We have also seen many photos that make a photographic recording of the state without supportive text to describe the condition of parts of a building. There is often confusion between a state calendar and a state survey. The main differences are that a state plan is only a record of the condition of the building that must be attached to an agreement, while a state survey is prepared to not only indicate the condition of the building, but also to identify the necessary work, usually with the planning costs of maintenance work that may be required. There is also sometimes confusion between a dilapidation schedule and a condition schedule, a squandering schedule is something prepared during or at the end of the rental to report violations in a rental contract. Business tenants with the foresight to look for a state calendar often find solace in the simple existence of the document. However, without the advice of a real estate lawyer, tenants are likely to not know how much protection they will actually be afforded. Although it saves the cost of surveying at the beginning of the lease, the impact can be enormous. There are, of course, restrictions on the use of a condition schedule. It cannot be a tool to avoid the responsibility for repair and maintenance. If a tenant is forced to leave the property in `no better` and not do work according to it, because the property was already in poor condition, they are exposed to considerable risk. It is likely that the tenant will be held responsible for these costs and the condition schedule will not provide, at best, a limited safety net. A status plan may be required for commercial or residential leasing when a new lease is entered into to confirm the condition of the property. This ensures that the situation is recorded, so that existing defects and their repair costs are identified prior to the lease obligation and can assist in the leasing negotiation.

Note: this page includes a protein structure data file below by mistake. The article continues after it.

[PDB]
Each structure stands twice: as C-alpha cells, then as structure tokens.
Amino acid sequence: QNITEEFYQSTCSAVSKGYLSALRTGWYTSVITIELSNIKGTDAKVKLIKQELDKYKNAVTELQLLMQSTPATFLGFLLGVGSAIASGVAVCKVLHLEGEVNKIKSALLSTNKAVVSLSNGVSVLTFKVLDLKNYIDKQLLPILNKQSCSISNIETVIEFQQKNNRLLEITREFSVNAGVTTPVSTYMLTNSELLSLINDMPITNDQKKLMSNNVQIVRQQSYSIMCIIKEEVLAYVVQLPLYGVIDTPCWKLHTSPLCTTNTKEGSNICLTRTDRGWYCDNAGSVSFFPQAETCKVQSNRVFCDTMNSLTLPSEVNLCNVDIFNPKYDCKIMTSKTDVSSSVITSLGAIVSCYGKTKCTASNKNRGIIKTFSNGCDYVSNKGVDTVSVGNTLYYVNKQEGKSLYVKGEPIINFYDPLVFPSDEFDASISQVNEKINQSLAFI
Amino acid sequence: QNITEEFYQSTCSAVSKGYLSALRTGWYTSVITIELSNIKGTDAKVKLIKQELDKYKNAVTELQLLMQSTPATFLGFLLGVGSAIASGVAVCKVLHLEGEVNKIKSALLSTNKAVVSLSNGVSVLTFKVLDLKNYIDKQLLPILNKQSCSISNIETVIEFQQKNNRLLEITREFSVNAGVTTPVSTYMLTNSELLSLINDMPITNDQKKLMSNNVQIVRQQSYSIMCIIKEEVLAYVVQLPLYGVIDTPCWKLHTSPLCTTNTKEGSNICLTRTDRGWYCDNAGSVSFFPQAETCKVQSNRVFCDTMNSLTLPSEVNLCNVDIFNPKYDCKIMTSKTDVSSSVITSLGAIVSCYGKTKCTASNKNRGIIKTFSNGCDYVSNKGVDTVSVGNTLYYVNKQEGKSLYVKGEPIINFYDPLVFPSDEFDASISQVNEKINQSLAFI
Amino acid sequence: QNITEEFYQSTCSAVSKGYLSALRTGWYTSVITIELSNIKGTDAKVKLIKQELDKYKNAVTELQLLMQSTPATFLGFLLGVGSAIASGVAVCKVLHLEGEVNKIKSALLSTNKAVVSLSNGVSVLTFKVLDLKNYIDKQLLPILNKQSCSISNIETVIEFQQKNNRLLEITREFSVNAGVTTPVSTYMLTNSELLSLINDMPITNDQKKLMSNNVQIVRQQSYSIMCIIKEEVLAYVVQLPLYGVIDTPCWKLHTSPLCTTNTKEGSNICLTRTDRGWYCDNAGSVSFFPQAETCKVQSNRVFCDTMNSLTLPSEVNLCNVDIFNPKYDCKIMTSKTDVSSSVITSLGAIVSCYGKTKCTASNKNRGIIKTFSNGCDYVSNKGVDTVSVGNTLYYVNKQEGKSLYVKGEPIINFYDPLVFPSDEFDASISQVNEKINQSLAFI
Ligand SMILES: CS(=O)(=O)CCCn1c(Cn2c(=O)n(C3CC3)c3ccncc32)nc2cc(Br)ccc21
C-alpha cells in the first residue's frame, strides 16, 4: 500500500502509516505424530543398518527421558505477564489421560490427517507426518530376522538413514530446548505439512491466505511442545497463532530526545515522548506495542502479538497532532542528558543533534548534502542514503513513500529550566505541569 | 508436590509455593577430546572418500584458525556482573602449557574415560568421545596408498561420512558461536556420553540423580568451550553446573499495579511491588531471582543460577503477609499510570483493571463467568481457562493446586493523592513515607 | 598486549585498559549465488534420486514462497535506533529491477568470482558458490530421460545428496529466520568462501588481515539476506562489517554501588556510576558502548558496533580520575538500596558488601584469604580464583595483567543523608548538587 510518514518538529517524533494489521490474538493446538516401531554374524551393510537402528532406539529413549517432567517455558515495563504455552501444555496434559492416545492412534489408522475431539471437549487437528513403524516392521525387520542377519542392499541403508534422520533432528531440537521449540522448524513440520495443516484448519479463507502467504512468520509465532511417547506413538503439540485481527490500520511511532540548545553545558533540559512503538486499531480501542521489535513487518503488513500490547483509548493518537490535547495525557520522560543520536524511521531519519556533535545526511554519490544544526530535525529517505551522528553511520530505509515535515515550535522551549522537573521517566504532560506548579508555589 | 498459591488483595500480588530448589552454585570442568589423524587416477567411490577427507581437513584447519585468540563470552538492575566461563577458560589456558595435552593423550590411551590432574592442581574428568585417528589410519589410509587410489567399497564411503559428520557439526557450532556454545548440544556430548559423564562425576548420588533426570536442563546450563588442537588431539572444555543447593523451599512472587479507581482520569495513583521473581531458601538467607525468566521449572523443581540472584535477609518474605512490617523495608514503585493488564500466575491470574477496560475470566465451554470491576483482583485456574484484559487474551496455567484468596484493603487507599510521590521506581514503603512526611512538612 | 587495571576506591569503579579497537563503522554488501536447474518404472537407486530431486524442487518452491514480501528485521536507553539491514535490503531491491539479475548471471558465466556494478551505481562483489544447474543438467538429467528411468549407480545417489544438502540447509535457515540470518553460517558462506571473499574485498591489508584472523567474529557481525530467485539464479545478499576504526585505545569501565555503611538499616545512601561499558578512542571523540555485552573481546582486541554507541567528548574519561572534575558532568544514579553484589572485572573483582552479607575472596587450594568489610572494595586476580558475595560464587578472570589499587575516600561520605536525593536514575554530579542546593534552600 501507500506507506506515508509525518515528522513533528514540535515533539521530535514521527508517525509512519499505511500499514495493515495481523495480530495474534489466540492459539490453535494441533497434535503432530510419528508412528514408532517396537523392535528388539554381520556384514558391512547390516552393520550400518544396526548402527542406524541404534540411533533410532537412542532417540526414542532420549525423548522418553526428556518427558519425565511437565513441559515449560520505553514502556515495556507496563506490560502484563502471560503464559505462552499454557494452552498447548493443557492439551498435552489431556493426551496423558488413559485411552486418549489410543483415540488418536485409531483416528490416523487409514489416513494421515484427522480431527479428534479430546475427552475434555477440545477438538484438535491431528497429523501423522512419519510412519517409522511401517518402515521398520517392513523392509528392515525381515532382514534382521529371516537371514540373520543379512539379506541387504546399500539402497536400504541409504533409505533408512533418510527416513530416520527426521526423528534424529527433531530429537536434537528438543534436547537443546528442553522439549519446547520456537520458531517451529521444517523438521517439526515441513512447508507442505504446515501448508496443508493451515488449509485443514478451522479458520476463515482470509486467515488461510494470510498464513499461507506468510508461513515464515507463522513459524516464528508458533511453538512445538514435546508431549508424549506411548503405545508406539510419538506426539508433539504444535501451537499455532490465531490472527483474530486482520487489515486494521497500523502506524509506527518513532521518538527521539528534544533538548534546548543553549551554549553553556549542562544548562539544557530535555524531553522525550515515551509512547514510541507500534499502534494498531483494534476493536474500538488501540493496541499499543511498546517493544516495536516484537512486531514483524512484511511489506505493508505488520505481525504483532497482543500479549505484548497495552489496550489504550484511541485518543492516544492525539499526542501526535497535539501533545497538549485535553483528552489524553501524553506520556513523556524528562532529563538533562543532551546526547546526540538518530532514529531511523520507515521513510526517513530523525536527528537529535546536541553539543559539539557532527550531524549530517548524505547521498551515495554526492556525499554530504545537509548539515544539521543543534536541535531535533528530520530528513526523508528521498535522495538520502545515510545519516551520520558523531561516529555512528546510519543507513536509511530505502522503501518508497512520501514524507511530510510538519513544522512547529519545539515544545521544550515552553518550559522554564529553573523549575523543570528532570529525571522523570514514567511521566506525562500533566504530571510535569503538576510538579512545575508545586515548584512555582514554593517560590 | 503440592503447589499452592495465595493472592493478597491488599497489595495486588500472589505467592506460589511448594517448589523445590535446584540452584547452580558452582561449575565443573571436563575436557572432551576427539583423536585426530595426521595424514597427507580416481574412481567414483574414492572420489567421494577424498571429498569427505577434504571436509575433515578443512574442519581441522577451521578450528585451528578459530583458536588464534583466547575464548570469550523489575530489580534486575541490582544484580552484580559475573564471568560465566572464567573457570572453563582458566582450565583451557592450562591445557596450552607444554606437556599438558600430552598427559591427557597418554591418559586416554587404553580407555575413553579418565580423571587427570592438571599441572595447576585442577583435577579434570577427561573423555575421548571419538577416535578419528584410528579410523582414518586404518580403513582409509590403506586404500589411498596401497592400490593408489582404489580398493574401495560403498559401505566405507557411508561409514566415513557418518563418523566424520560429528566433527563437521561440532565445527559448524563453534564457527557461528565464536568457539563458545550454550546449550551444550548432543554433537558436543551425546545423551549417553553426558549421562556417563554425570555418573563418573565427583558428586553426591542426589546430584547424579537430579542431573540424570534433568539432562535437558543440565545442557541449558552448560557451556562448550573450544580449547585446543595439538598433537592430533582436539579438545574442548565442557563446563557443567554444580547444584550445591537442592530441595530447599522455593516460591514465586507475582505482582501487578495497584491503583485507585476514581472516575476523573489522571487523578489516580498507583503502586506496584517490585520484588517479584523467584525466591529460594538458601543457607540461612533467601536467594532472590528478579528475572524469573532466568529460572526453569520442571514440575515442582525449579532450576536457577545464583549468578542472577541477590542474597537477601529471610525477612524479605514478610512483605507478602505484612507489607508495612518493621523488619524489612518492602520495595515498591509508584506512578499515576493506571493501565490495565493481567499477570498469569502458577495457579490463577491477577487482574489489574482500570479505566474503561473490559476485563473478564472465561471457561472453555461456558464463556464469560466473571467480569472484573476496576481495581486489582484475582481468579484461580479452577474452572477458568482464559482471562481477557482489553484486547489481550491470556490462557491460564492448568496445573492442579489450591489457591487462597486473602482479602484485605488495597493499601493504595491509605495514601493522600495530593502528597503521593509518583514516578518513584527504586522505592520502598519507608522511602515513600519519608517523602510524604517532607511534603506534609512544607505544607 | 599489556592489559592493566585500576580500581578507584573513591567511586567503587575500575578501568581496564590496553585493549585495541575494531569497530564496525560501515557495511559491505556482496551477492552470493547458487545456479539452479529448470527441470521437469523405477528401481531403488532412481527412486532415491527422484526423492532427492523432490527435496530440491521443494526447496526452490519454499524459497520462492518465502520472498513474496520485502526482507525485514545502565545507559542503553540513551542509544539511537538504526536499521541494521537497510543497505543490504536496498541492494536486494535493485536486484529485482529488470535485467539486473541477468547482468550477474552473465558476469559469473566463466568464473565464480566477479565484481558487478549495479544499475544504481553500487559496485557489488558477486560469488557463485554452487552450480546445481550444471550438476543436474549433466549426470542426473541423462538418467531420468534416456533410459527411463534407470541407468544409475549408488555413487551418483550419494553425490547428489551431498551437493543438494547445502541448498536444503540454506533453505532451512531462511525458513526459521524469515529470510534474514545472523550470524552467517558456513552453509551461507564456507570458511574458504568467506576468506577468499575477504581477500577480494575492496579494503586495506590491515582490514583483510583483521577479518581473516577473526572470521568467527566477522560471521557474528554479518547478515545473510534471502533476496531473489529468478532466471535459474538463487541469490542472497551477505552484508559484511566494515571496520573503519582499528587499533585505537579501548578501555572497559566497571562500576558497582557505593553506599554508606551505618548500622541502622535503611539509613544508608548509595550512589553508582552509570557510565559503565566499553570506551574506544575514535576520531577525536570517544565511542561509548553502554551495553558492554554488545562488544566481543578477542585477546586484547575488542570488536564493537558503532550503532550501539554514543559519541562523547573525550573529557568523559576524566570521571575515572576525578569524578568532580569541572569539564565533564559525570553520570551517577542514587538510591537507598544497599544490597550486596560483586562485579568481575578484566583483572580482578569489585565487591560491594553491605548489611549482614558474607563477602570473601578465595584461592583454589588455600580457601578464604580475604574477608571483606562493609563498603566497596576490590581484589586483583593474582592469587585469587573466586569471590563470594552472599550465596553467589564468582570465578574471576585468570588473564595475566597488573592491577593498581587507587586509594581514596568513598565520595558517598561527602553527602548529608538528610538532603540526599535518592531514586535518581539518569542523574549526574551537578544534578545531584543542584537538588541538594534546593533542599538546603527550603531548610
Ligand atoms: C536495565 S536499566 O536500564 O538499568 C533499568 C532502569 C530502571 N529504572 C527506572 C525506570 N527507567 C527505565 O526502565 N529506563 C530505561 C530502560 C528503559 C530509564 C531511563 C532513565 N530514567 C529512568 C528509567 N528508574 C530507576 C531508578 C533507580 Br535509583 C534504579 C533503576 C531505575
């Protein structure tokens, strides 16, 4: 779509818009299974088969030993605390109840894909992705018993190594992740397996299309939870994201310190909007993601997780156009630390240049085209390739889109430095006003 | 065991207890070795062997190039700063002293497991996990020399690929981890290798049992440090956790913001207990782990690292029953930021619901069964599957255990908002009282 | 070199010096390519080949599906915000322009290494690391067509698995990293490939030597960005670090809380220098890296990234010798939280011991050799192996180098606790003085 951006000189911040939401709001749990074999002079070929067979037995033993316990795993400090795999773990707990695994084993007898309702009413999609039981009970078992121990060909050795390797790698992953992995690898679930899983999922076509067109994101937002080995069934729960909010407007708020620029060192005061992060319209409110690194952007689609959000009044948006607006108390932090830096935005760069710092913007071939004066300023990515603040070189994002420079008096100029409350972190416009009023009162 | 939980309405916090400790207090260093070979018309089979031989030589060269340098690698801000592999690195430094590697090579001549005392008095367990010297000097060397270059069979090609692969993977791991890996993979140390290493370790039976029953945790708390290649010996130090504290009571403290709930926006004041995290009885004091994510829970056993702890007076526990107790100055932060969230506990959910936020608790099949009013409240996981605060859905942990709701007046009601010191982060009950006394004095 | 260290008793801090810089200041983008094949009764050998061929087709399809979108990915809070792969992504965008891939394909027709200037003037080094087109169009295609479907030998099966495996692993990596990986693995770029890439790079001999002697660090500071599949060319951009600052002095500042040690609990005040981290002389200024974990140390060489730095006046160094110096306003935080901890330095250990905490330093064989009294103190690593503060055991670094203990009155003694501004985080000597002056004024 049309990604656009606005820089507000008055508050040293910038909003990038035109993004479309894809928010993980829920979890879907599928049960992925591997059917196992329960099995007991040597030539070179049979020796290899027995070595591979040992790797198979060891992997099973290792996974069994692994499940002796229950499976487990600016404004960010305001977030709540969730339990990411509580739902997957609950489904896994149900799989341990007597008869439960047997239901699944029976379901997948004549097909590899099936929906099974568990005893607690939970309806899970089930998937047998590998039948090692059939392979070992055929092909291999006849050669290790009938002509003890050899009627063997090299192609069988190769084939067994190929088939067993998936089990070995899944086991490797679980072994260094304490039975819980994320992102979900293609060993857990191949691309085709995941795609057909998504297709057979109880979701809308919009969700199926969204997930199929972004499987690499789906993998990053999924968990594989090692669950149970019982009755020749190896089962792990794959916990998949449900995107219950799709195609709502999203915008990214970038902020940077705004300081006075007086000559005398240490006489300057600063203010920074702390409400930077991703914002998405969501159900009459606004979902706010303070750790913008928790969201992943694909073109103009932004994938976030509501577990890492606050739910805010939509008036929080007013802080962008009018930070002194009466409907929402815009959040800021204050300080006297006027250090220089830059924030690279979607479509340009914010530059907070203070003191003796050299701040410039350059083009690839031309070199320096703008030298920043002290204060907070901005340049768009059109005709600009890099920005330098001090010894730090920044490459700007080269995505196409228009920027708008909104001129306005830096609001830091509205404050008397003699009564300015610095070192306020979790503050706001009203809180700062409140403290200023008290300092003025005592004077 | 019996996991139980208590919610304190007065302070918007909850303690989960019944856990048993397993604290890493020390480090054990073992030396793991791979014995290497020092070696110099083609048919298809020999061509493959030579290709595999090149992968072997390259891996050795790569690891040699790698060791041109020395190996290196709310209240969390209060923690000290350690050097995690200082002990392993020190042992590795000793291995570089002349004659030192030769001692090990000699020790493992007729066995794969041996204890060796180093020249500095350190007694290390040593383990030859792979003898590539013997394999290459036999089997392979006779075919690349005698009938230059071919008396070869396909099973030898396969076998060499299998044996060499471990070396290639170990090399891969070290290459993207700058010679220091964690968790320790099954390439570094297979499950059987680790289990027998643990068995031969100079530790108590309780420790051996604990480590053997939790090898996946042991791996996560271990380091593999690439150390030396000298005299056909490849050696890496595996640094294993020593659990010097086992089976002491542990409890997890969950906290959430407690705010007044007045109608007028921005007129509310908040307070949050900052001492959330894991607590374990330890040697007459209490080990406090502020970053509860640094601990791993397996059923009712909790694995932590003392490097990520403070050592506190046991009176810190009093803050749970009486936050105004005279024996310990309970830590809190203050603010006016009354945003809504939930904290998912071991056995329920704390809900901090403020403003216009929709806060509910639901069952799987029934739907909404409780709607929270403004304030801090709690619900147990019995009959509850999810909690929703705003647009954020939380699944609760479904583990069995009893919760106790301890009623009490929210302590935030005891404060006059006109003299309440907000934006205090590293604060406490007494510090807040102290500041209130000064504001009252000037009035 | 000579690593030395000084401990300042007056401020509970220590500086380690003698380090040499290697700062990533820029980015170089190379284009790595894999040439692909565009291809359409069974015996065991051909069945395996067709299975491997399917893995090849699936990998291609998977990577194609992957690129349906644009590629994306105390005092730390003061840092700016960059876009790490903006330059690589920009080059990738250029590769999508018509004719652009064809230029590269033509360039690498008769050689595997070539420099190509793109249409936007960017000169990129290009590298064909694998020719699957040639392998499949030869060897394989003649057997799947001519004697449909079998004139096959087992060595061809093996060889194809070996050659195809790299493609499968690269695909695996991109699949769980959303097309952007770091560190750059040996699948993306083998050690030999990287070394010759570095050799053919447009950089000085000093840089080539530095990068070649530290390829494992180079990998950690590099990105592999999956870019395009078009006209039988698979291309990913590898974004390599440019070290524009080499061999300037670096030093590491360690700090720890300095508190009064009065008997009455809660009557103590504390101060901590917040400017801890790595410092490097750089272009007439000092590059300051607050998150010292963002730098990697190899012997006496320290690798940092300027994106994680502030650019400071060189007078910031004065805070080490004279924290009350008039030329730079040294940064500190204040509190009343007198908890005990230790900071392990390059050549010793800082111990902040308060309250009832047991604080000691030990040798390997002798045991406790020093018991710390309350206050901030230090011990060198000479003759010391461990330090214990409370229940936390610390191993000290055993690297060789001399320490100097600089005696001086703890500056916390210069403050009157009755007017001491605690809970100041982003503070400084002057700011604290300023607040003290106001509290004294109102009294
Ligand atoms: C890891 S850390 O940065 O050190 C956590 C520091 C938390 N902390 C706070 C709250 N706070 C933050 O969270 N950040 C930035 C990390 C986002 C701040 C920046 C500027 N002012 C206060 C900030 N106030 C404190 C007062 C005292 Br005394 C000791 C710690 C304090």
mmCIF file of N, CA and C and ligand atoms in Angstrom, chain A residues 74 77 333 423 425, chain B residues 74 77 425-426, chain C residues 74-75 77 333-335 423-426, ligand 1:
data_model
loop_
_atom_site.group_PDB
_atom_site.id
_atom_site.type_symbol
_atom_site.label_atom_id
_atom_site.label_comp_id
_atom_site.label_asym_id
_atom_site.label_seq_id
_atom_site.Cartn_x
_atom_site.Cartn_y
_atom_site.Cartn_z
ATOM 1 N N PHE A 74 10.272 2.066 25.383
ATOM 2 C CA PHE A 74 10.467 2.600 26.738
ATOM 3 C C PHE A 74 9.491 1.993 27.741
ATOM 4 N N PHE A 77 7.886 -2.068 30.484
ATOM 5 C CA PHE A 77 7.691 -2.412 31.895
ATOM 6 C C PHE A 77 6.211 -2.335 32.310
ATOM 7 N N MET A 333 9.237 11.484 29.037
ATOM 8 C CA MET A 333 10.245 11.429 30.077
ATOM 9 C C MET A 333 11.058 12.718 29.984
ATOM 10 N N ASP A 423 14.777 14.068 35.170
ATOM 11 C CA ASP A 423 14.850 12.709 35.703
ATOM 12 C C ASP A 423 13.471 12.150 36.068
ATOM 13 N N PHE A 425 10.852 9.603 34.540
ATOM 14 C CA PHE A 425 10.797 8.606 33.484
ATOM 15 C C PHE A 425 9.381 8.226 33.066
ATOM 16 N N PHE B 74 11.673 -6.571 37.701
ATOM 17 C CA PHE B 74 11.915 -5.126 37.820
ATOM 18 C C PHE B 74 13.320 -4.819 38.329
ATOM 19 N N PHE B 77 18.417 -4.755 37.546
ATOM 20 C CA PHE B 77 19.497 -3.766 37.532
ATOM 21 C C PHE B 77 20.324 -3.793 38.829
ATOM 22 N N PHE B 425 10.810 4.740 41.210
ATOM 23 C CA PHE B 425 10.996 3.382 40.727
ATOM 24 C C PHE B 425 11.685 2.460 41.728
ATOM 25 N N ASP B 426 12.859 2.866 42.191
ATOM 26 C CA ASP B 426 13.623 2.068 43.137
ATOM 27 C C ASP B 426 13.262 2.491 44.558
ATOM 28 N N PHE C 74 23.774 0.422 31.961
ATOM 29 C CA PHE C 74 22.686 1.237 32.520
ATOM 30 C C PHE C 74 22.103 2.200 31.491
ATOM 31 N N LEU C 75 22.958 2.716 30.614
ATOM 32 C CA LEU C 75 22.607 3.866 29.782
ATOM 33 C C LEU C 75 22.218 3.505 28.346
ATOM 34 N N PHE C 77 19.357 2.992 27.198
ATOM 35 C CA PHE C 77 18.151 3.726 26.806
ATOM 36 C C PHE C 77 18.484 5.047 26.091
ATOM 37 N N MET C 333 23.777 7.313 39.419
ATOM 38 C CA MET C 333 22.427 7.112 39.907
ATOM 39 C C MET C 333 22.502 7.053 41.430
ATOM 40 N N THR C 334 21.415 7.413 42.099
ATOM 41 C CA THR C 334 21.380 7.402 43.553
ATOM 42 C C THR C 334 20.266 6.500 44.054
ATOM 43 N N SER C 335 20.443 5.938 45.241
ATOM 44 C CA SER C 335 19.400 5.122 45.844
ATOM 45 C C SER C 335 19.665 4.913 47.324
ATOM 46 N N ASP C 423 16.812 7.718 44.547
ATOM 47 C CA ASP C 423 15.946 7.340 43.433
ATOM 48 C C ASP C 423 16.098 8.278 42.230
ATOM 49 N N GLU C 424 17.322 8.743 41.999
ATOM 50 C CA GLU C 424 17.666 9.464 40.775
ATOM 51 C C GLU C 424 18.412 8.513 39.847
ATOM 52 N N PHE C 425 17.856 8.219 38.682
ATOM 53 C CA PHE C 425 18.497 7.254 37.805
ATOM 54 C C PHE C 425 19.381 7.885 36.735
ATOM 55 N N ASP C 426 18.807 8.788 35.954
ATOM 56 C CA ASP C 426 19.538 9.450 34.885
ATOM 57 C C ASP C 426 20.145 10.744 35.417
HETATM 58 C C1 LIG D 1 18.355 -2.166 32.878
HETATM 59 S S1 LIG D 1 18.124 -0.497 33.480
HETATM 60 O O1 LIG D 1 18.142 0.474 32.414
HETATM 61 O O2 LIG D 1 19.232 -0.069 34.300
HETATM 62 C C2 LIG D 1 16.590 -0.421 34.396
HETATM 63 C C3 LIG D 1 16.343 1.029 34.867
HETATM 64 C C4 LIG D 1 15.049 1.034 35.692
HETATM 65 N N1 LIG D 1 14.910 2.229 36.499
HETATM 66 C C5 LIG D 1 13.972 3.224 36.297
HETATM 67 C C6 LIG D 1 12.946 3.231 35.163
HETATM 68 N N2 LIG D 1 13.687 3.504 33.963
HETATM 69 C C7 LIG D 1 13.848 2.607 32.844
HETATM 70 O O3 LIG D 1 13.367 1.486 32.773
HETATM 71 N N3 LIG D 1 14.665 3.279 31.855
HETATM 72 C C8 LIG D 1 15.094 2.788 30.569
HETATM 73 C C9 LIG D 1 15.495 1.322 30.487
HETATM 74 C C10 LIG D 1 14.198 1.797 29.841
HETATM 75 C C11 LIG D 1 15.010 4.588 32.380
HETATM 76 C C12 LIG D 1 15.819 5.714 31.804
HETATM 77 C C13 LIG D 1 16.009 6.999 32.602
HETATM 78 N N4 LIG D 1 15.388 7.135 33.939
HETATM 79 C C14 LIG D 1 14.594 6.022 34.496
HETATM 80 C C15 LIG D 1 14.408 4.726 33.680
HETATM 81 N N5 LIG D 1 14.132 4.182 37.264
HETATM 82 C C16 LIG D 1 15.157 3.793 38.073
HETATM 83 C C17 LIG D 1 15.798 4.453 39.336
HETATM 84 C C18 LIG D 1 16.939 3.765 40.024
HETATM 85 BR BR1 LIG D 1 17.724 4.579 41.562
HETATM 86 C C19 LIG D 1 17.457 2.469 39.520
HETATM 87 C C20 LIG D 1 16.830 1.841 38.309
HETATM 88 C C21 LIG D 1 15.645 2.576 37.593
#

It can also be used to establish liability for squandering and reinstatement, usually towards the end of a lease agreement. The photo on the right focuses on the defective window, but does not record the extent of the rot. It is also impossible to see the condition of the two walls, the floor and the door outside the photo.